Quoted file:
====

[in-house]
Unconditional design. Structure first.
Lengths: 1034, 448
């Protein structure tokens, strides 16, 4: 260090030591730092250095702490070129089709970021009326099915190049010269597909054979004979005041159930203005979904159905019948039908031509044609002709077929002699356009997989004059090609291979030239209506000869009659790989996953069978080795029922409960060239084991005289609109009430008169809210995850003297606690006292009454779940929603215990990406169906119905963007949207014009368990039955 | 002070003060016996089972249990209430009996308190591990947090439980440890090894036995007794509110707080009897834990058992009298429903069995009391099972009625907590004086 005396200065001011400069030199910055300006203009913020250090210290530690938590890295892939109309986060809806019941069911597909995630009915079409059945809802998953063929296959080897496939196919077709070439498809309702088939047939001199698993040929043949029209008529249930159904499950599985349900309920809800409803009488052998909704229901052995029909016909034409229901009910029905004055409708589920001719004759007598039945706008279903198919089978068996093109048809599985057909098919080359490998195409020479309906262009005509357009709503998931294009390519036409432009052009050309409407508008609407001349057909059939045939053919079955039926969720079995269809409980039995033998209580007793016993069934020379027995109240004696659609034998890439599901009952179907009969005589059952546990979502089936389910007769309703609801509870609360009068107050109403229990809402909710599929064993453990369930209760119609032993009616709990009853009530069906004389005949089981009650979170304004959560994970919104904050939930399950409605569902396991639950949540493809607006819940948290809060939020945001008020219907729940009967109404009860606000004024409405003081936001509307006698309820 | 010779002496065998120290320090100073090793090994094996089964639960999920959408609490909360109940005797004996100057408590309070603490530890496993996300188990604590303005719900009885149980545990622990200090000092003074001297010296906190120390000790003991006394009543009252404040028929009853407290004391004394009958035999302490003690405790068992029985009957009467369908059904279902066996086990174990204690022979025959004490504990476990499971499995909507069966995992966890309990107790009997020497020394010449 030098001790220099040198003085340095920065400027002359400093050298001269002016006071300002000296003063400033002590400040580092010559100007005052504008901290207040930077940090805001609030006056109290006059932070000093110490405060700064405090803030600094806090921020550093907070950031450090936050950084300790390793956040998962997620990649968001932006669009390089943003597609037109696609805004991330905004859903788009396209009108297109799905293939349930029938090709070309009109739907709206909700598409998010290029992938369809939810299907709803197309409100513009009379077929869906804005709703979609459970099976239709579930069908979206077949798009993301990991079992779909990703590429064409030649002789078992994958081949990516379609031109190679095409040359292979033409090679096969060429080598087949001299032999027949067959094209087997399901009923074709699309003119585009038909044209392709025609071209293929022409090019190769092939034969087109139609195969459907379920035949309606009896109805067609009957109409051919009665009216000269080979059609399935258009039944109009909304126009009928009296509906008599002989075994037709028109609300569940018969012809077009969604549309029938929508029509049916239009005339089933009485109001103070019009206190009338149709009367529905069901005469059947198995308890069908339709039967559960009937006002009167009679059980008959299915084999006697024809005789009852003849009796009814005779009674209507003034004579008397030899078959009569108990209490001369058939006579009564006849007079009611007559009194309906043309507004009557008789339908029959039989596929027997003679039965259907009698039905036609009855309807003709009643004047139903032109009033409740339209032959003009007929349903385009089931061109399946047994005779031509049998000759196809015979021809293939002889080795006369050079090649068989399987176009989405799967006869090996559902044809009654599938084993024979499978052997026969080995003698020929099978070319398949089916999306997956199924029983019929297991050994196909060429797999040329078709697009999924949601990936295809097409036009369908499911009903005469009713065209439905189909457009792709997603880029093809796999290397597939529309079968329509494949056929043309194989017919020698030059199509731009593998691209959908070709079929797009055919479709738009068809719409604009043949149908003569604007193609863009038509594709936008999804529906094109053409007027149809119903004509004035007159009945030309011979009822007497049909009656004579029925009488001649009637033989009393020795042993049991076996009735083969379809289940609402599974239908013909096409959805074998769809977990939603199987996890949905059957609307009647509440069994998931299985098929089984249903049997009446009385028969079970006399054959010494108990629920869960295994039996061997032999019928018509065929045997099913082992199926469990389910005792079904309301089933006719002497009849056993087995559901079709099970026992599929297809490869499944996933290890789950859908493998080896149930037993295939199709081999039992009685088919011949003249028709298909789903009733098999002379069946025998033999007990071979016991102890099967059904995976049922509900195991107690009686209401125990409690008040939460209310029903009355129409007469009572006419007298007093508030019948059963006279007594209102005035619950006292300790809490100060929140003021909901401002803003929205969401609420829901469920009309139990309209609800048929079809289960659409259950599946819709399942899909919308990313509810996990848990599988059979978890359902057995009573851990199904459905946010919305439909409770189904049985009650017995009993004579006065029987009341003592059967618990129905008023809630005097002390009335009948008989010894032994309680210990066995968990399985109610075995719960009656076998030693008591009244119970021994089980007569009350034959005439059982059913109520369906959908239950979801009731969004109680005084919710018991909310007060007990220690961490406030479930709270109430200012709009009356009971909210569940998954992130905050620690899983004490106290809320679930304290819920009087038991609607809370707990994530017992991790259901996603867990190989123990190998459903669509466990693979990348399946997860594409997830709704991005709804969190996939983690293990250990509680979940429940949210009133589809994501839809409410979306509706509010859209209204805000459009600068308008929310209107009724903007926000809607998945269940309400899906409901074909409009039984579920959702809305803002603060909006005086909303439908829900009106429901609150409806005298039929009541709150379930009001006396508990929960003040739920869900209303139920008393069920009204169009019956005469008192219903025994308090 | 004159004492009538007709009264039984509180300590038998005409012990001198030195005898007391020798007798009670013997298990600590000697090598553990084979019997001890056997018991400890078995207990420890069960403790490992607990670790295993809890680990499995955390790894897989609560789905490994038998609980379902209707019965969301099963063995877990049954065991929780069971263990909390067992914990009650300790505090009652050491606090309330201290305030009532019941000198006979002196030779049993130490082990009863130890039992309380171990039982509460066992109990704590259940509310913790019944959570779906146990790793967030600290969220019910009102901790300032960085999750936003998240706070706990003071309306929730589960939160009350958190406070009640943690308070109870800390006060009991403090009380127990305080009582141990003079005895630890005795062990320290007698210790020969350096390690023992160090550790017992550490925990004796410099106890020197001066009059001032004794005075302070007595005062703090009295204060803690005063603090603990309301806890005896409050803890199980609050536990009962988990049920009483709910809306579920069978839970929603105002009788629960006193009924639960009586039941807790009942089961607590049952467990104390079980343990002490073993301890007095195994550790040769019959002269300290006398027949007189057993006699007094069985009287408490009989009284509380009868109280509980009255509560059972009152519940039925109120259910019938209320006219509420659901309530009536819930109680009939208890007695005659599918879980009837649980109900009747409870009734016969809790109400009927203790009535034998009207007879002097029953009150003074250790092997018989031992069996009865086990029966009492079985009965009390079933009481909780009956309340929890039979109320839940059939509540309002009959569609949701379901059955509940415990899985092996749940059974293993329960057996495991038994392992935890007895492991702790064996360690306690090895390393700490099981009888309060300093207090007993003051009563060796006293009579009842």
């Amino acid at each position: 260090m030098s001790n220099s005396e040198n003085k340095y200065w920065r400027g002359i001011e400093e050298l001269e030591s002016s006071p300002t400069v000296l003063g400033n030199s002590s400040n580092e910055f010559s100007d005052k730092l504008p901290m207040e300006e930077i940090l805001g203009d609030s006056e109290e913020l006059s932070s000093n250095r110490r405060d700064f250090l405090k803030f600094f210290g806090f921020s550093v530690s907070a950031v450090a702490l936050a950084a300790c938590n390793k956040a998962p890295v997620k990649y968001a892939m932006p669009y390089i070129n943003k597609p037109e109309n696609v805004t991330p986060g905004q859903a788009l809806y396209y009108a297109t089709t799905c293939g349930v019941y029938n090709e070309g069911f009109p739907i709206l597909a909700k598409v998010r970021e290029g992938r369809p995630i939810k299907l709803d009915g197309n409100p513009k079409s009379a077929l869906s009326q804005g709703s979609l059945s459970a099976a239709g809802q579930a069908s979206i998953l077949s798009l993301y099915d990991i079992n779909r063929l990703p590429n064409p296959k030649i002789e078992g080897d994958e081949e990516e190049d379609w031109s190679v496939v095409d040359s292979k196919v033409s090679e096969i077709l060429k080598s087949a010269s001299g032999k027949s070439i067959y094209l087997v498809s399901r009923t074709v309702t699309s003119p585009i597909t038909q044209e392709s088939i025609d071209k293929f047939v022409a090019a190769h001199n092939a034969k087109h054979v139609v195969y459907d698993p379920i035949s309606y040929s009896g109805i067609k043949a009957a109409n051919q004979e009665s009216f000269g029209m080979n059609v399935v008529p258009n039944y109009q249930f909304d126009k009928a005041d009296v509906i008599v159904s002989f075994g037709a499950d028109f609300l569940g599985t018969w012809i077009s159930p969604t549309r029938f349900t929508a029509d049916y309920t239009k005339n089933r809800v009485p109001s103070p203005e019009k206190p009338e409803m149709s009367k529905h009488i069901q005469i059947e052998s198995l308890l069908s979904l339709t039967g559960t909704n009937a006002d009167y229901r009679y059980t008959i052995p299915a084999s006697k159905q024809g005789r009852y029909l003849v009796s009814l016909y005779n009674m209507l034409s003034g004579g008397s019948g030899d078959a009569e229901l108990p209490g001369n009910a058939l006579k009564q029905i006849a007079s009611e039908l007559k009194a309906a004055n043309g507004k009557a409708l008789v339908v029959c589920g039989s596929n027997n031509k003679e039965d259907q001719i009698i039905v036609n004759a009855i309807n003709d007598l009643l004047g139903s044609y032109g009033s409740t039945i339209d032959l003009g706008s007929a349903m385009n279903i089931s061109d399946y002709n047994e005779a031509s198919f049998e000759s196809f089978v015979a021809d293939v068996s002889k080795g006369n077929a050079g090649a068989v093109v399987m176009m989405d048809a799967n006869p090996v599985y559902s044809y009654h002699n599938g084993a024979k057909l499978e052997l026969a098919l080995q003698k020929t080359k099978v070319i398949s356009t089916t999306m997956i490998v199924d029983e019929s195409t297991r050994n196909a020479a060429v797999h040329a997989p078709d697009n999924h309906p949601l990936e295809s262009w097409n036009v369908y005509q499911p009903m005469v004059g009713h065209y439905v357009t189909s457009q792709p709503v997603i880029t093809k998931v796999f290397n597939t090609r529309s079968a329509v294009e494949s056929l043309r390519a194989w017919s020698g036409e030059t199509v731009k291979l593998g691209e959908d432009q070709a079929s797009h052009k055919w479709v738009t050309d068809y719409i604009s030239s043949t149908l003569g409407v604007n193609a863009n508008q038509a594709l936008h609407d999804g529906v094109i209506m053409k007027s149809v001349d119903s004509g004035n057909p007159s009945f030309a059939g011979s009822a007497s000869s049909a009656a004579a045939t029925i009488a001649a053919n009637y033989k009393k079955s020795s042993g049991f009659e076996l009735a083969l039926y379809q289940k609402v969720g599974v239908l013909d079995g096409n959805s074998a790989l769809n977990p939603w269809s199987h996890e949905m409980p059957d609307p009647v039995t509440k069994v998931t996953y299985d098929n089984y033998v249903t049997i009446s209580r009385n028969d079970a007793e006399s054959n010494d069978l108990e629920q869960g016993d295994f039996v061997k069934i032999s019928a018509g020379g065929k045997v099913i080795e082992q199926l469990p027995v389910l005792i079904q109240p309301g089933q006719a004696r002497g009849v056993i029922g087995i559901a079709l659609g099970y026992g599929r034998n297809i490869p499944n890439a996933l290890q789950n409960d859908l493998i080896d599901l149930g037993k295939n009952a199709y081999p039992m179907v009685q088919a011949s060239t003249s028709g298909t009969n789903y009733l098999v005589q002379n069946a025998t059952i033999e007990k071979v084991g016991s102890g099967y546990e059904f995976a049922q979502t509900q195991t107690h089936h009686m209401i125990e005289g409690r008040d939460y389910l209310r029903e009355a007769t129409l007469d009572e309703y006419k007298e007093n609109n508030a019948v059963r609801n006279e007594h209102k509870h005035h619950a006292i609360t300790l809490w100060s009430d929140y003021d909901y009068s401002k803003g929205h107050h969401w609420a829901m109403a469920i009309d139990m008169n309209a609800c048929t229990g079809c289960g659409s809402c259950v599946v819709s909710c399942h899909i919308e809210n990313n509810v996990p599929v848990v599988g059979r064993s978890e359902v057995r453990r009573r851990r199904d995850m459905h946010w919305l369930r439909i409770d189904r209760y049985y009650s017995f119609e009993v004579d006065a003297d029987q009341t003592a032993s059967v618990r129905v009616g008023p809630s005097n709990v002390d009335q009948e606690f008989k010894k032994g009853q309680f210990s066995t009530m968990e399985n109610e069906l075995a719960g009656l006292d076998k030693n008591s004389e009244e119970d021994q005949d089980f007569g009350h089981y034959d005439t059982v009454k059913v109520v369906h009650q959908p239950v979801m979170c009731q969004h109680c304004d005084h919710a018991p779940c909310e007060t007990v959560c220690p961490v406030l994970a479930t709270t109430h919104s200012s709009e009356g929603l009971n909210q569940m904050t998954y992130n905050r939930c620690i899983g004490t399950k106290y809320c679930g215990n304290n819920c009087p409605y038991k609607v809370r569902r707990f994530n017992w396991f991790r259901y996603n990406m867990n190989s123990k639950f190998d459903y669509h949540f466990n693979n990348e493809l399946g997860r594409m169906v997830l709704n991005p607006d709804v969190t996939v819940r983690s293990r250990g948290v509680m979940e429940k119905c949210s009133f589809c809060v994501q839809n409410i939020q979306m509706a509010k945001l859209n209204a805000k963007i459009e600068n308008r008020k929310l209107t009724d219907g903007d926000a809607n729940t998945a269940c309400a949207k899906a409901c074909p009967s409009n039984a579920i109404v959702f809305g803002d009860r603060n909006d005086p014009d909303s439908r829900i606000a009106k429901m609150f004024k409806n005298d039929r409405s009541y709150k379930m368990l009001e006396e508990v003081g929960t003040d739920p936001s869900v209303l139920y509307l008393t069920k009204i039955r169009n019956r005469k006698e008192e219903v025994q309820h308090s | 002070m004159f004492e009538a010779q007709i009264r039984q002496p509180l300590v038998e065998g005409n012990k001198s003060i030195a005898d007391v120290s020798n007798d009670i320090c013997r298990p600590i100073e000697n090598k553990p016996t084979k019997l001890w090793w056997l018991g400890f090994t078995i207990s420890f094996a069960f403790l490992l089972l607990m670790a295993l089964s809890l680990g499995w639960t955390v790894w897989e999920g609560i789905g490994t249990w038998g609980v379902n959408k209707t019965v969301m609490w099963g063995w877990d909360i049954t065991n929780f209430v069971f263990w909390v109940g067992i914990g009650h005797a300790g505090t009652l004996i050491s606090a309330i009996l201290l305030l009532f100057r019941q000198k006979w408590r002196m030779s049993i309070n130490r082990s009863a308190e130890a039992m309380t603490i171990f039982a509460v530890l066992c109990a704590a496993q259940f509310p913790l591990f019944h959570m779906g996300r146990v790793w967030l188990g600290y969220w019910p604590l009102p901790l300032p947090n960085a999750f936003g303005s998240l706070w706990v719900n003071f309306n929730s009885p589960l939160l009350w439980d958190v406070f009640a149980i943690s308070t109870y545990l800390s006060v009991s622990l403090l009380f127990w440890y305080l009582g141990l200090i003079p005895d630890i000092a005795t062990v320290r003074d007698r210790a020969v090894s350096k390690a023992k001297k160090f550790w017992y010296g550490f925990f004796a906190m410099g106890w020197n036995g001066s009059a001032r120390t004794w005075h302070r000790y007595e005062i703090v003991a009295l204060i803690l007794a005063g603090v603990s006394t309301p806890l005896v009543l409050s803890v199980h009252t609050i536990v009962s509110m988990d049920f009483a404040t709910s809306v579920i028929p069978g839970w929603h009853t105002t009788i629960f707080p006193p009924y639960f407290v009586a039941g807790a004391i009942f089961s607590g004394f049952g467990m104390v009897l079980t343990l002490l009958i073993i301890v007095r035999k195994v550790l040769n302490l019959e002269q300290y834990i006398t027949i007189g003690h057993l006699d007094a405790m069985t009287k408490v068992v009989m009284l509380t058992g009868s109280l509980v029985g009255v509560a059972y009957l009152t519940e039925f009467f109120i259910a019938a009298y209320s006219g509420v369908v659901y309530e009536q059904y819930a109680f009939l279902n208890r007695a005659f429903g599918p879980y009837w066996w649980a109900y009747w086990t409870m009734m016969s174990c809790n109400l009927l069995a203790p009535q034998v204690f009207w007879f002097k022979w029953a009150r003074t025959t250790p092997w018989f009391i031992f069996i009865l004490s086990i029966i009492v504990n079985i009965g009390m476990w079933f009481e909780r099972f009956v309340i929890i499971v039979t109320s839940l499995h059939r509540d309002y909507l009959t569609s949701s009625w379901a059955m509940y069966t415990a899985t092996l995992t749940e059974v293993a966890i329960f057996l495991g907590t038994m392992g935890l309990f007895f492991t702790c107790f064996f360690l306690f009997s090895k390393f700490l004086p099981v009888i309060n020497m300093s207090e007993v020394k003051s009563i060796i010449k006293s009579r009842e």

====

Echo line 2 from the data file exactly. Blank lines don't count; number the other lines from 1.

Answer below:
Unconditional design. Structure first.